Has your article for Nature been sent back because it needs minor revisions? Or have you missed out on funding because of a shoddy application? This article tells you about the pitfalls of writing academic texts and gives you tips to improve your writing style.
Many articles submitted to academic journals are initially sent back or even rejected because of the way they are written. Grant applications often need to be rewritten before they can be submitted. And let’s be honest: many of the people writing these texts – scientists, doctors and lawyers – aren’t necessarily great writers. What’s more, they are often writing in a language which, despite being the language of their profession, is not their mother tongue.
It is therefore not surprising that the texts they write aren’t always accepted the first time round but are sent back for minor or major revisions, or are rejected altogether.
Common mistakes when writing academic texts:
1. Lack of clarity
Woolly language or an article peppered with jargon or abbreviations can be a reason for rejection.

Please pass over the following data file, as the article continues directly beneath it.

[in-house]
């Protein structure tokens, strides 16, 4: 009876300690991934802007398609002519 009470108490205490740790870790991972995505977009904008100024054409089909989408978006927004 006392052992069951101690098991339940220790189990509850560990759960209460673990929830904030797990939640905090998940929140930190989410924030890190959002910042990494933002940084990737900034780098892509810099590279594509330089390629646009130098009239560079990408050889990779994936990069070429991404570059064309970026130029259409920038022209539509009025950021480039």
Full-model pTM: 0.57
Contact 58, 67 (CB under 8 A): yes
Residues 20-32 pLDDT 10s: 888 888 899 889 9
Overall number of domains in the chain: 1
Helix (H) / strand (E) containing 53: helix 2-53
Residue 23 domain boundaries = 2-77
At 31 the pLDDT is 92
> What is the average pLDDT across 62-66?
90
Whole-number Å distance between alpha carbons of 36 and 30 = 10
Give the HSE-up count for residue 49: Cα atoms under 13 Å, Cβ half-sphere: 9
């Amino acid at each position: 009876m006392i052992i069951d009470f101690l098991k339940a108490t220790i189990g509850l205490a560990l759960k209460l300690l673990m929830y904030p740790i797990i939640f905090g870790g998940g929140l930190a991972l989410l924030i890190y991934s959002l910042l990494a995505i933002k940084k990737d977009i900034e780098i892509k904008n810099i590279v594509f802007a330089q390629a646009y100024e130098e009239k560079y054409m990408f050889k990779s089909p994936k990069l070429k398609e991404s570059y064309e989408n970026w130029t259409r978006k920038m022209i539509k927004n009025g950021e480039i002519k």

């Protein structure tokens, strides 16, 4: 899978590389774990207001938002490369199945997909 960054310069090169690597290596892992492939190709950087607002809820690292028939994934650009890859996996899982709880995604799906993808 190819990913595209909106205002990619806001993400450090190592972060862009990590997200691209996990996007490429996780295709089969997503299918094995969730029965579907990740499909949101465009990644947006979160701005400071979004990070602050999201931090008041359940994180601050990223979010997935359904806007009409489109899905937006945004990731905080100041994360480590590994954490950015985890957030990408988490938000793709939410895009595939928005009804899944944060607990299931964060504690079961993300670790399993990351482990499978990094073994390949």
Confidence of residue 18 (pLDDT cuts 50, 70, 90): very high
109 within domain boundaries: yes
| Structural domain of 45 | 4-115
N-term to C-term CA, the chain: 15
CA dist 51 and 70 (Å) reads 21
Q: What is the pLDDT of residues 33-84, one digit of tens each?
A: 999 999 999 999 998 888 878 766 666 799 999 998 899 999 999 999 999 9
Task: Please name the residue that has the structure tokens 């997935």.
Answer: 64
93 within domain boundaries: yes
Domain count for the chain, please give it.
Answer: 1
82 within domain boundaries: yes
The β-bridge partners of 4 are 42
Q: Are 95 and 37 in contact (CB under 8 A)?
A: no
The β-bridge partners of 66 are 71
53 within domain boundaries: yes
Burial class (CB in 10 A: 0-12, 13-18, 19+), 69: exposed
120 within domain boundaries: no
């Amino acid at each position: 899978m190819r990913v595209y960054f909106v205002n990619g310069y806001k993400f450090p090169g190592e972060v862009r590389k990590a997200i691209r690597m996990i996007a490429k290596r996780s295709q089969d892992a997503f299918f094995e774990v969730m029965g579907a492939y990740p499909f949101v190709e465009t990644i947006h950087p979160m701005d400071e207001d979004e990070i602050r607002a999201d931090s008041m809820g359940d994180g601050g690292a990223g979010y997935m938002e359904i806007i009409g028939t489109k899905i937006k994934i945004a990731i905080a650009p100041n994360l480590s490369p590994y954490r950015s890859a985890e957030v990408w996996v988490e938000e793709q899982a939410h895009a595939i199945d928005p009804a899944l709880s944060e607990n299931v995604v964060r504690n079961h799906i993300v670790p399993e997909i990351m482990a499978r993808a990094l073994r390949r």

2. Poor Dutch or English
If an author doesn’t have a good command of the language in which he or she writes, the article will be flatly rejected. This is often because of an odd choice of words, expressions that are used wrongly and an illogical word order.
3. The instructions for authors haven’t been followed
Every academic journal has its own rules that authors must follow. If you exceed the maximum number of words, if your references are incomplete or the tables aren’t correctly formatted, you can be certain that your article will be sent back.
4. The text contains inconsistencies
If a text doesn’t satisfy all the set criteria, it’s good to be able to fall back on the expertise of academic editors. They make changes to the text – in their own mother tongue – at word, sentence and text level, bearing in mind the specific guidelines. This can involve anything from a final round of corrections – dotting the i’s and crossing the t’s – to a thorough edit, whatever is needed. The end result is a text that is ready for submission.
Would you like to improve your writing style? Here are five tips to get you started:
1. Incorrect abbreviations, a mix of British and American English, inconsistent numbering – these are all reasons for rejecting your article or refusing your application.
2. Make a checklist of the journal’s guidelines or the criteria for the grant application. When rereading your text, check to see that you have satisfied all the criteria.
3. Make sure you have a clear argument with a clear structure. It helps to read the first sentence of each new paragraph to check whether your text has a logical structure.
4. Avoid long sentences: on average, your sentences should be 15 to 20 words.
5. Do a spell check.
6. Show your article or application to a colleague (in your discipline) and a friend (a layperson) and ask them for suggestions.